Prosecute the torture.

August 31, 2013

Ten Commandments Update

I am not sure who's more confused, me or The Rev. Ewing Marietta.

Well, that's a bit facetious on my part I must admit. Perhaps neither of us are confused.  Perhaps each of us is only a teensy bit confused but confused about different things.  Who know?  Whatever the case, it sure looks to me like the good pastor is missing the point about why the Ten Commandment monument at the Connellsville Jr High is so offensive.

Or maybe he gets the point and is just looking to save face, as it were.

Let's go to the news coverage at the Trib:
The Thou Shall Not Move group plans to erect four new Ten Commandments monuments at upcoming dedication ceremonies while the Connellsville School District and the Freedom From Religion Foundation continue to wage a legal battle over a monument that has been located on school property for more than a half century.

The Rev. Ewing Marietta, pastor of Liberty Baptist Church and an organizer of Thou Shall Not Move, said the dedication events will take place at 12:45 p.m. Sept. 8 at 301 S. Pittsburgh St., Connellsville; 5 p.m. Sept. 15 at the corner of North Arch and Water streets near the Amtrak train station; 1 p.m. Sept. 29 near a bus stop in Dunbar; and 7 p.m. Oct. 5 at 105 Hoke St., Bullskin Township.
Looks like they're erecting some new monuments in the area but it also looks like these erections are on private property.
“We have requests from 52 different places that want Ten Commandments monuments placed on their property,” he said. “We're going down the list and starting with the places that requested the monuments first.”

Marietta said the monuments have already been placed outside the Connellsville Eagles Club on Arch Street, on the grounds of St. Paul's AME Church on Morgantown Street in Uniontown and at the Juniata United Methodist Church in Dunbar.
This, of course, is completely constitutional as each of these spaces is private property.

And I am not sure whether Marietta gets the irony of the Trib's last paragraph:
“Pennsylvania was founded by William Penn, a Quaker who was in prison in England three times because of his religion, and came to this country for religious freedom,” Marietta said. “People should be able to hold onto their religious morals and values without the threat of being thrown into jail. We don't want to force the Ten Commandments monuments on anyone, but we don't want them taken away from the public eye.”
Still don't see the irony here?  I'll give you a hint from pa.gov:
Many Englishmen accused the Friends of disloyalty to the Crown as well as to the Church of England. As a result, the British Parliament enacted a series of repressive religious measures known as the Clarendon Code. The strictures elevated Anglicanism to "established church" status and declared all other religious observances to be "non-conformist" and, hence, illegal.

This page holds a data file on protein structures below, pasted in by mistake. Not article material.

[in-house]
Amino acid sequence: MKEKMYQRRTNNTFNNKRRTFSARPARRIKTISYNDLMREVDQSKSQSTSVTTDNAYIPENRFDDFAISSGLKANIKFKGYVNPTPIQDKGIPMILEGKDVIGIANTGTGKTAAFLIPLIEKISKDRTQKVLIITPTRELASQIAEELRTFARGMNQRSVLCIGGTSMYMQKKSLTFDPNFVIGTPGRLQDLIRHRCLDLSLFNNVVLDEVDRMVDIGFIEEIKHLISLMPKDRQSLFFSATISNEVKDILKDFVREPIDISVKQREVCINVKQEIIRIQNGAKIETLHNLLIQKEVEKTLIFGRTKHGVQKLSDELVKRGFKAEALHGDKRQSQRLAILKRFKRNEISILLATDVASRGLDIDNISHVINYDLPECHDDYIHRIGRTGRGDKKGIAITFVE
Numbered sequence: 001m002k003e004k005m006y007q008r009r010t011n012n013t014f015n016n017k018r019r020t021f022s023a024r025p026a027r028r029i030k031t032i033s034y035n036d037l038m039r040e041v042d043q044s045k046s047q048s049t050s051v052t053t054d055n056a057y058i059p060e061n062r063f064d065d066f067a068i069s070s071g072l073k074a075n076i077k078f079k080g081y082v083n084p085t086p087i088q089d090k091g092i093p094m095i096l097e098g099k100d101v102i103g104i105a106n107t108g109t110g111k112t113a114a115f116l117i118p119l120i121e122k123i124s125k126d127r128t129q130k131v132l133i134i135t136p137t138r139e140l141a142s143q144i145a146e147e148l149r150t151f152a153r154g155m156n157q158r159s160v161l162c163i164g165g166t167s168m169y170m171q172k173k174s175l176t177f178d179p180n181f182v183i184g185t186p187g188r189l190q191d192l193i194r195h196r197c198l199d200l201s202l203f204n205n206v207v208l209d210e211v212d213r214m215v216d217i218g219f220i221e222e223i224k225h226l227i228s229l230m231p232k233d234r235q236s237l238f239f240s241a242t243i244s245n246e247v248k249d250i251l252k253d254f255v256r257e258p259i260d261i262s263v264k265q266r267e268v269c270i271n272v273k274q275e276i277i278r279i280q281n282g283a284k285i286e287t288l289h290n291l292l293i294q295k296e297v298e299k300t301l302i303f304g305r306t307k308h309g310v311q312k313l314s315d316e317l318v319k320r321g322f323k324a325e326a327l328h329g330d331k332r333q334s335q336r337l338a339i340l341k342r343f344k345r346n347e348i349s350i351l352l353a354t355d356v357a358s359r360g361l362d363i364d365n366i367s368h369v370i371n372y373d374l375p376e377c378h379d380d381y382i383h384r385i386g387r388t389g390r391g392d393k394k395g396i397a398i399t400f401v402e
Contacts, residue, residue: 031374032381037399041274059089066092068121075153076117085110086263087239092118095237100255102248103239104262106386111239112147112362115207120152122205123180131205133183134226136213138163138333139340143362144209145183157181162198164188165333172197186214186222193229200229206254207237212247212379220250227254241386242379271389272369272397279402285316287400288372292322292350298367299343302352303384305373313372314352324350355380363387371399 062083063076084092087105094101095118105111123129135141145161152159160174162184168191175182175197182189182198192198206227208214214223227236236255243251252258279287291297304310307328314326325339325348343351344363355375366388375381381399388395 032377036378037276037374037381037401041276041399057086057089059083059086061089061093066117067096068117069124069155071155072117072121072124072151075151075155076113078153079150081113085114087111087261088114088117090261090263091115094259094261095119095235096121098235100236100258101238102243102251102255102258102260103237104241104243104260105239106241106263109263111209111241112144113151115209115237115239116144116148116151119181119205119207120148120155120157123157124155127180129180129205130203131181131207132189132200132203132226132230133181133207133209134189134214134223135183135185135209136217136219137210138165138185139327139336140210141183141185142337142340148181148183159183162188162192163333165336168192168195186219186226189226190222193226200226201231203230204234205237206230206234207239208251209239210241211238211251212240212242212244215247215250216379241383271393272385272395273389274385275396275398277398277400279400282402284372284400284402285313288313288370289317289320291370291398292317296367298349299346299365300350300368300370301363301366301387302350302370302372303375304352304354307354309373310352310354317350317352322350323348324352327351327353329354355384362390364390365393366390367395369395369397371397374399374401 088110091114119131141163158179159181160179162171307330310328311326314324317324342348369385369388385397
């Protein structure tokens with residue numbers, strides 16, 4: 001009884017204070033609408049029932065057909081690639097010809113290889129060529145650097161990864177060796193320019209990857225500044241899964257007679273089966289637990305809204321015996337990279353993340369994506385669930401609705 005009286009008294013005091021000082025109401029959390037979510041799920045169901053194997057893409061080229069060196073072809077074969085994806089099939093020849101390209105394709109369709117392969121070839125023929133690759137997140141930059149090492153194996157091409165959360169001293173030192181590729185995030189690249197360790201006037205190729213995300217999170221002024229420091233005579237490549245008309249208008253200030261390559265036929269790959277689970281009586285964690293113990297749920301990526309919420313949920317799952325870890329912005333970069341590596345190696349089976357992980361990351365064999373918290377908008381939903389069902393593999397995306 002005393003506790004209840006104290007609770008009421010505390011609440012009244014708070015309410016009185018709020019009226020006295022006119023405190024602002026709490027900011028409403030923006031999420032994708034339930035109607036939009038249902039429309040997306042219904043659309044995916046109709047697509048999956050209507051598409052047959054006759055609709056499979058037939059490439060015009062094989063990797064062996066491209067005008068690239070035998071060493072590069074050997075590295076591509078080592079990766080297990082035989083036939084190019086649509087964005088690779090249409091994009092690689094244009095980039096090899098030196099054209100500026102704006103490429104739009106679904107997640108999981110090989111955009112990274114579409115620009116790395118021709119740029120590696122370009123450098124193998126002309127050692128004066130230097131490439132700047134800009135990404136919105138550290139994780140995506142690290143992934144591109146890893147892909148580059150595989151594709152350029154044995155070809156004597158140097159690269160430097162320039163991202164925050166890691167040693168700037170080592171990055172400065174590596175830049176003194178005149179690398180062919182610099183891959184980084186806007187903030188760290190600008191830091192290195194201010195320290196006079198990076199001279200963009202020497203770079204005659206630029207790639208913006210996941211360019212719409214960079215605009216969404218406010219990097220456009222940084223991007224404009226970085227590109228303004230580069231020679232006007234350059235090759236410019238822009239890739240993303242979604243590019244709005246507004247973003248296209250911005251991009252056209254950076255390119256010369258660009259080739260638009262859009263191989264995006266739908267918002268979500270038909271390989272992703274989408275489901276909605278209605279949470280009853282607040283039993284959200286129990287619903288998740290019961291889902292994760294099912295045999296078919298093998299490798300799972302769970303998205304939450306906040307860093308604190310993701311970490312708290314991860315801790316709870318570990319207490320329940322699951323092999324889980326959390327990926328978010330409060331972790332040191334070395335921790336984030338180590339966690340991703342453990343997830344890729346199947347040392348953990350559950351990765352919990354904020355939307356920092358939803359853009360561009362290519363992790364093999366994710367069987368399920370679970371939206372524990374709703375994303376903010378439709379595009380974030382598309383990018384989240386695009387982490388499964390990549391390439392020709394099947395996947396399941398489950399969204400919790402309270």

So he was arrested for not conforming to an established church.  Isn't the establishment of a state church something barred by the 1st Amendment?  And isn't posting religious instructions on school property something that is just too close to establishing a state church to be constitutionally acceptable?

Why yes, yes it is.

And so is The Rev. Ewing Marietta as wrong about this historical metaphor as he is about the nature of the separation of church and state?

Hot patootie and bless my soul, he certainly is.

2 comments:

Nick Sloan said...

I think everyone involved makes way too big a deal about this whole thing. Nationalized religion in this country simply isn't going to start at a small town school. Liberals who present that as the case, or make comparisons to religious persecution of Quakers in England are guilty of trying to make mountains out of mole hills.

With that said, conservatives tout themselves as the freedom party, and freedom from nationalized religion IS a basic guarantee of our Bill of Rights. If I allow myself to empathize with the conservative case, I can understand the feeling of resentment at having a law meant to protect your right to worship used to remove a token of your beliefs from the place where your children are educated.

The part that defies logic is the assessment that the removal of the monument itself is an act of religious persecution. No one is telling people what they can't do in their own homes or private lives.

Zeus0209 said...

A few days ago I may have agreed with their behavior being logic defying. But I'm in the middle of a Hitchens book wherein he suggests that all monotheistic religions, at their very core, task themselves, however subtlety, with wiping out all other religions (or pretty much anything that isn't conforming). The whole "no other false gods before me" thing.

Last year our own state government adopted 2012 "year of the bible" in state law. Look up HR 535 and read it. It sends chills up my spine. Where's our bill of rights now? And why not year of the Quran? Or year of the Torah? The christian rights' double standard isn't so illogical from their perspective.

It's not too big a deal to be combative towards the remnants of the 50's McCarthyism. If we see the day when the words in god we trust removed from our currency and under god omitted from our pledge of allegiance, ill be amazed. Until then, they are the stuff that enable the slippery slope to endure.